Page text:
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Escper (read: "escaper") -- Easy printing to serial thermal printers

Escper is a Ruby library that makes printing of plain text and images to one or several serial thermal printers easy. USB, serial (RS232) and TCP/IP based printers are supported. Escper is useful for Ruby-based Point of Sale (POS) systems that want to print receipts, tickets or labels.

Project status

Escper has been used as the printing 'engine' for my Point of Sale software Salor Hospitality. However, since I do no longer develop or maintain Salor Hospitality, I have no plans to develop or maintain this library any further. The version on Rubygems.org is upstream/1.2.2 and was working reliably with Ruby 1.9.3.

The source code in this repository is made available as-is, and you will need to have some Ruby skills to fix issues in your specific application.

Installation

gem install escper

Introduction

While the actual printing is just writing a bytearray to a device node located inside of /dev, there is some preprocessing necessary. Thermal printers usually have a narrow and custom character set, do not support UTF-8, only ASCII-8BIT. However, Escper makes it possible to conveniently pass an UTF-8 string to the printing method, and it does all the conversion work under the hood. For special characters, Escper will map UTF-8 characters to the ASCII-8BIT codes that are actually supported by the currently enabled codepage on the printer (have a look at the user manual of your printer). The file lib/escper/codepages.yml is an example for matching UTF-8 codes to ASCII codes of the standard codepage of the commonly available Espon and Metapace printers.

Another tricky usecase is where text is mixed with images. Images are transformed into ESCPOS compatible printing data, which is supported by the majority of thermal printers. When mixing text and images in one print 'document', Escper will still transform special UTF-8 characters according to the above mentioned codepages.yml file, but leave the image data raw i.e. unchanged.

Escper only supports printers which support plain data-copy to their device node living under /dev or via a TCP socket. Printers for which the Linux Kernel does not create a device node that can be opened as a file or as a Serial Port, or non-plain-TCP printers are not supported. Escper does not care about the formatting of the text; it is up to the user to pass those formatting commands as part of the printing string. An exception are images; those are converted to ESCPOS code always.

Some Point of Sale systems, especially those for restaurants, have to send tickets to several printers/locations at the same time (e.g. kitchen, bar, etc.). Escper makes this easy. Have a look at the usage examples below.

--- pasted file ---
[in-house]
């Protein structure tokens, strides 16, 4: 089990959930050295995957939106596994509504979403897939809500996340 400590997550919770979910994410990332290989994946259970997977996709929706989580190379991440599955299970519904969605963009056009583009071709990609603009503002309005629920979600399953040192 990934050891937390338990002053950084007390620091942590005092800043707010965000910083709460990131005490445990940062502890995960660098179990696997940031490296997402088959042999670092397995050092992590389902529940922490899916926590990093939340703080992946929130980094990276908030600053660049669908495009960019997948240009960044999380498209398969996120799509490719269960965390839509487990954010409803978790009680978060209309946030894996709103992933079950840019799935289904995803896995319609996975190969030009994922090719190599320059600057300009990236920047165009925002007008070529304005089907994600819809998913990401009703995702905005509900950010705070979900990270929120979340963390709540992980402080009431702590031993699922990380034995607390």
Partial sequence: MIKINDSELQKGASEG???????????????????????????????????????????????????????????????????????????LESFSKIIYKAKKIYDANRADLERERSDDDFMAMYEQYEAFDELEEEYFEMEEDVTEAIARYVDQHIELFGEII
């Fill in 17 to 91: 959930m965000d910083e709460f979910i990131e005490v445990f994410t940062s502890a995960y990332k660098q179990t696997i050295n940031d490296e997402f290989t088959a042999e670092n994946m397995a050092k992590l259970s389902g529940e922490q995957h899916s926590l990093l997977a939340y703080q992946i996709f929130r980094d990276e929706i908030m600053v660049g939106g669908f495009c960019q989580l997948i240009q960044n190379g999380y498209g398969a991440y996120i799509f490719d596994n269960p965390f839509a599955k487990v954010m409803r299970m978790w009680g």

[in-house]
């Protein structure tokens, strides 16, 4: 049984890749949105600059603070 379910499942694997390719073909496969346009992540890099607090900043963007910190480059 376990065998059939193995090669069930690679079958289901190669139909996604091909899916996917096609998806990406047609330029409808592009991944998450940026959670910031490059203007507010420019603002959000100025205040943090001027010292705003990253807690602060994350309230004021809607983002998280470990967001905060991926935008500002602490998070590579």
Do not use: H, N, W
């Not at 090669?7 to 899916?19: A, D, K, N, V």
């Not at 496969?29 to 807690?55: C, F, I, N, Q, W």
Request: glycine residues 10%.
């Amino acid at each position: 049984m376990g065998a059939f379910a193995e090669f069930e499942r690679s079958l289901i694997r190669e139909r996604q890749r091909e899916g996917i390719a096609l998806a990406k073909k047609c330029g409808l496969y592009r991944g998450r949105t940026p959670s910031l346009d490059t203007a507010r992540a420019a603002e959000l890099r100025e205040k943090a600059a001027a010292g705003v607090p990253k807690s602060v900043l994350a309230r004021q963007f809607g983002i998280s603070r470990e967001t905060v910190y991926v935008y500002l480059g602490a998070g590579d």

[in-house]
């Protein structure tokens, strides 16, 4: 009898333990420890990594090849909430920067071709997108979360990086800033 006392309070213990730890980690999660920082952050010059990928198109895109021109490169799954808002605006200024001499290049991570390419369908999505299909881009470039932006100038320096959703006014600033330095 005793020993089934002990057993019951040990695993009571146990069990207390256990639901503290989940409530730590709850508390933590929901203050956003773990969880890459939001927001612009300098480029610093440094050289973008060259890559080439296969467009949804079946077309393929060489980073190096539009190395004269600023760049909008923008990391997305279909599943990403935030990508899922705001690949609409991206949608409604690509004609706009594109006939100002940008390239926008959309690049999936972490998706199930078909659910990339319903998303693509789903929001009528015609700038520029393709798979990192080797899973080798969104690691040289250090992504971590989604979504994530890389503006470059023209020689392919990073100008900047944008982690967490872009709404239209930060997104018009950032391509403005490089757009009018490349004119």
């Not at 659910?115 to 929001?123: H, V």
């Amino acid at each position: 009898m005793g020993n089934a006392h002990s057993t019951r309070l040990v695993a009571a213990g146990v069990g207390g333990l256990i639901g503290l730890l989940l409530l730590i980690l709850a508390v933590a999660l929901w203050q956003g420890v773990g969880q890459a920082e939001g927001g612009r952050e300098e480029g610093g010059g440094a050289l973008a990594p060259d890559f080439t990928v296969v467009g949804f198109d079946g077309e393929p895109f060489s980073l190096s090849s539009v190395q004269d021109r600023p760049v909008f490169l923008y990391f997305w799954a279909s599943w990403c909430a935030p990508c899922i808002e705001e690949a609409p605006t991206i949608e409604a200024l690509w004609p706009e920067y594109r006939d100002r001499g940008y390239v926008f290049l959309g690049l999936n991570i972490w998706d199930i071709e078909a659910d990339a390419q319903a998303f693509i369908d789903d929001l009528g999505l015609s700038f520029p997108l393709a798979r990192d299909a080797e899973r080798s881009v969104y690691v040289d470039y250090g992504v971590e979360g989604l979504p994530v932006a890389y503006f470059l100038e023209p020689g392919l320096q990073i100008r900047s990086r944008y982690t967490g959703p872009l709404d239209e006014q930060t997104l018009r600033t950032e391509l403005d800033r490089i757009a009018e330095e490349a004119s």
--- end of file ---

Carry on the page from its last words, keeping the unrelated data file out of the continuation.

Usecase: Convert image to ESCPOS code

Load Escper:

require 'escper'

The source of the image can be a file:

escpos_code = Escper::Img.new('/path/to/test.png', :file).to_s

The source of the image can also be data which is uploaded via a HTML form. Here, the variable data is a variable containing the image data of a multipart HTML form. The following code would work in Ruby on Rails:

escpos_code = Escper::Img.new(data.read, :blob).to_s

Alternatively, the image source can also be a dynamically created ImageMagick canvas:

canvas = Magick::Image.new(512, 128)
gc = Magick::Draw.new
gc.stroke('black')
gc.stroke_width(5)
gc.fill('white')
gc.fill_opacity(0)
gc.stroke_antialias(false)
gc.stroke_linejoin('round')
gc.translate(-10,-39)
gc.scale(1.11,0.68)
gc.path("M 14,57 L 14,56 L 15,58 L 13,58 L 14,57 L 21,59 28,60 34,62 40,65 46,67 52,68 56,70 61,72 66,73 70,74 75,74")
gc.draw(canvas)
escpos_code = Escper::Img.new(canvas,:obj).to_s

For optimal visual results, when using a file or a blob, the image should previously be converted to an indexed, black and white 1-bit palette image. In Gimp, click on "Image -> Mode -> Indexed..." and select "Use black and white (1-bit) palette". For dithering, choose "Floyd-Steinberg (reduced color bleeding)". The image size depends on the resolution of the printer.

To print an image directly on a thermal receipt printer, in just one line:

File.open('/dev/usb/lp0','w') { |f| f.write Escper::Img.new('/path/to/image.png', :file).to_s }

Usecase: Print UTF-8 text to several printers at the same time

First, in Ruby, create objects of the class named VendorPrinter which are simply containers for configuration data about the printer. If you develop your application in a framework like Ruby on Rails, you also can use the models from the Rails application instead of creating them from within Escper. The only requirements are that the objects respond to the methods id, name, path, copies, codepage and baudrate. Here we are creating 3 printers of the types USB, RS232 and TCP/IP:

vp1 = Escper::VendorPrinter.new :id => 1, :name => 'Printer 1 USB', :path => '/dev/usb/lp0', :copies => 1
vp2 = Escper::VendorPrinter.new :id => 2, :name => 'Printer 2 RS232', :path => '/dev/ttyUSB0', :copies => 1
vp3 = Escper::VendorPrinter.new :id => 3, :name => 'Printer 3 TCP/IP', :path => '192.168.0.201:9100', :copies => 1